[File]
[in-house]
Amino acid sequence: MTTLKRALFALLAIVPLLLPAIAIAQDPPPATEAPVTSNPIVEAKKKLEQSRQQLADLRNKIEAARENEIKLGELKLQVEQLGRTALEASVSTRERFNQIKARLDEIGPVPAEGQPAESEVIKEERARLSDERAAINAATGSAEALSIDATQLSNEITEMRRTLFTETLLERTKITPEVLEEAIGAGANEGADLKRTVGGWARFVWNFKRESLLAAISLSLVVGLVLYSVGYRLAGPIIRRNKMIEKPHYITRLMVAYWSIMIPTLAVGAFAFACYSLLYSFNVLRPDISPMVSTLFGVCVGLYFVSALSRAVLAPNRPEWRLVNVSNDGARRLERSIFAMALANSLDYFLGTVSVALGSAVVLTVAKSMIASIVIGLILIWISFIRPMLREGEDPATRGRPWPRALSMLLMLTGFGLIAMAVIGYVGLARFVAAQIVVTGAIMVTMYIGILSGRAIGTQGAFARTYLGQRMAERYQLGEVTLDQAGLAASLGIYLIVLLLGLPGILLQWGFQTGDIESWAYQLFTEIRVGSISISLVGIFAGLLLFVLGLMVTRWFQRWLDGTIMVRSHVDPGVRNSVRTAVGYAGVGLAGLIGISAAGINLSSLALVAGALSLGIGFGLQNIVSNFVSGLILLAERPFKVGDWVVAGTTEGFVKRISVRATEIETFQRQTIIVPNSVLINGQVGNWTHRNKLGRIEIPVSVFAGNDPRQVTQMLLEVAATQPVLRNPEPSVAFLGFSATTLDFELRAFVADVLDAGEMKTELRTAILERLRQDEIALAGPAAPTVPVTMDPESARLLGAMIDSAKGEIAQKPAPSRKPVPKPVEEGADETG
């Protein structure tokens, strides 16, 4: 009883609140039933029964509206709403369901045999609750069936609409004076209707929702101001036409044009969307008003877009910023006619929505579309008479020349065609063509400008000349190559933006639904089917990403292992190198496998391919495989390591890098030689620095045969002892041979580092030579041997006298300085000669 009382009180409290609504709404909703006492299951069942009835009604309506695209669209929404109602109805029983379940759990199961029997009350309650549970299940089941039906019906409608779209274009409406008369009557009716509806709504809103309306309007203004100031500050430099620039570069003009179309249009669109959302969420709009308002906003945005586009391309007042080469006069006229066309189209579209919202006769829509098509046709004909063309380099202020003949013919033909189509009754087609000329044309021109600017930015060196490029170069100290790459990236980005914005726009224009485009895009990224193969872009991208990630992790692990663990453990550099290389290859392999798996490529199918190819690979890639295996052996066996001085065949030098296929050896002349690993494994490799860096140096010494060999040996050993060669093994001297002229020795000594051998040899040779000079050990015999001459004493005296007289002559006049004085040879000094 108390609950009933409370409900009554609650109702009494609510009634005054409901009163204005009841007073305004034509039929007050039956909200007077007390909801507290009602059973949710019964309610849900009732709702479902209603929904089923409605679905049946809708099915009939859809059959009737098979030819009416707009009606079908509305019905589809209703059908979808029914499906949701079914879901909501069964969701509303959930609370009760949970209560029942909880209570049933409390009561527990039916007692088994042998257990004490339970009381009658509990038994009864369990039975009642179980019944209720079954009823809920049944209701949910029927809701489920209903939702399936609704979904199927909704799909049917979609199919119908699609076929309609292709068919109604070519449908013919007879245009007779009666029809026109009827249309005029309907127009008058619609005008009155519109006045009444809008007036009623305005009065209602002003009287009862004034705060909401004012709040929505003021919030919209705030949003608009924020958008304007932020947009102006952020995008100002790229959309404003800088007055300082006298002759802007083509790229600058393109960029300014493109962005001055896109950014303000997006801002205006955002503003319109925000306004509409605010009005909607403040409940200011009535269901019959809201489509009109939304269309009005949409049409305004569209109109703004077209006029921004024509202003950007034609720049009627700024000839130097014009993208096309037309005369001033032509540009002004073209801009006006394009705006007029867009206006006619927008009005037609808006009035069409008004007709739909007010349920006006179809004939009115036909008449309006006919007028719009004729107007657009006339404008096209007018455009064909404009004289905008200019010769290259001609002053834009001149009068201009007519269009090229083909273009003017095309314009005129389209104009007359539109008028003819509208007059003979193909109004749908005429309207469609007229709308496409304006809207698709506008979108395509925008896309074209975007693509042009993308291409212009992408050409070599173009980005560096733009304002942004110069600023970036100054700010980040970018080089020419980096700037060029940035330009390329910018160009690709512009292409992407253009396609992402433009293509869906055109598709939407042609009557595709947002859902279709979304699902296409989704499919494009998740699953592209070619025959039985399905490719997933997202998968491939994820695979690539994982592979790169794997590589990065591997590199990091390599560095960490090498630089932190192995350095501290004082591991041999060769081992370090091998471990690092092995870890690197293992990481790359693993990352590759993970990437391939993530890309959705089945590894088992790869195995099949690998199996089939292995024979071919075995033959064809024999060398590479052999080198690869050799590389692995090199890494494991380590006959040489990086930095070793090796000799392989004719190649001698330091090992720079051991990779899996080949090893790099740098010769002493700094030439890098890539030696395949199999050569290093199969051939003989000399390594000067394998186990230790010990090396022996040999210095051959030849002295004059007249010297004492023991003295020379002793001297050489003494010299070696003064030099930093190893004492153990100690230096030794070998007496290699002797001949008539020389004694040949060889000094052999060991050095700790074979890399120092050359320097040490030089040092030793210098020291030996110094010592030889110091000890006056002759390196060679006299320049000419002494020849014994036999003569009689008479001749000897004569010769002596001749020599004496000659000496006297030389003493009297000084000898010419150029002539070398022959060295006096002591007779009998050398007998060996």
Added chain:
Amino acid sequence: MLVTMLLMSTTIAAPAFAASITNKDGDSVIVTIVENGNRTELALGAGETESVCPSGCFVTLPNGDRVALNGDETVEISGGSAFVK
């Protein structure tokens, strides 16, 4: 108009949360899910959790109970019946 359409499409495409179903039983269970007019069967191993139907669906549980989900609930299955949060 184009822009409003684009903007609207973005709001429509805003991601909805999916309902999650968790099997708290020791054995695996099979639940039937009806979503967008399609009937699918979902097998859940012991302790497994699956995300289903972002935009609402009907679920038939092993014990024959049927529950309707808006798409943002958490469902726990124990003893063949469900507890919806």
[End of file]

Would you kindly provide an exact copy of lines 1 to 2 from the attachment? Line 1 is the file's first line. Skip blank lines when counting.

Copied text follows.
[in-house]
Amino acid sequence: MTTLKRALFALLAIVPLLLPAIAIAQDPPPATEAPVTSNPIVEAKKKLEQSRQQLADLRNKIEAARENEIKLGELKLQVEQLGRTALEASVSTRERFNQIKARLDEIGPVPAEGQPAESEVIKEERARLSDERAAINAATGSAEALSIDATQLSNEITEMRRTLFTETLLERTKITPEVLEEAIGAGANEGADLKRTVGGWARFVWNFKRESLLAAISLSLVVGLVLYSVGYRLAGPIIRRNKMIEKPHYITRLMVAYWSIMIPTLAVGAFAFACYSLLYSFNVLRPDISPMVSTLFGVCVGLYFVSALSRAVLAPNRPEWRLVNVSNDGARRLERSIFAMALANSLDYFLGTVSVALGSAVVLTVAKSMIASIVIGLILIWISFIRPMLREGEDPATRGRPWPRALSMLLMLTGFGLIAMAVIGYVGLARFVAAQIVVTGAIMVTMYIGILSGRAIGTQGAFARTYLGQRMAERYQLGEVTLDQAGLAASLGIYLIVLLLGLPGILLQWGFQTGDIESWAYQLFTEIRVGSISISLVGIFAGLLLFVLGLMVTRWFQRWLDGTIMVRSHVDPGVRNSVRTAVGYAGVGLAGLIGISAAGINLSSLALVAGALSLGIGFGLQNIVSNFVSGLILLAERPFKVGDWVVAGTTEGFVKRISVRATEIETFQRQTIIVPNSVLINGQVGNWTHRNKLGRIEIPVSVFAGNDPRQVTQMLLEVAATQPVLRNPEPSVAFLGFSATTLDFELRAFVADVLDAGEMKTELRTAILERLRQDEIALAGPAAPTVPVTMDPESARLLGAMIDSAKGEIAQKPAPSRKPVPKPVEEGADETG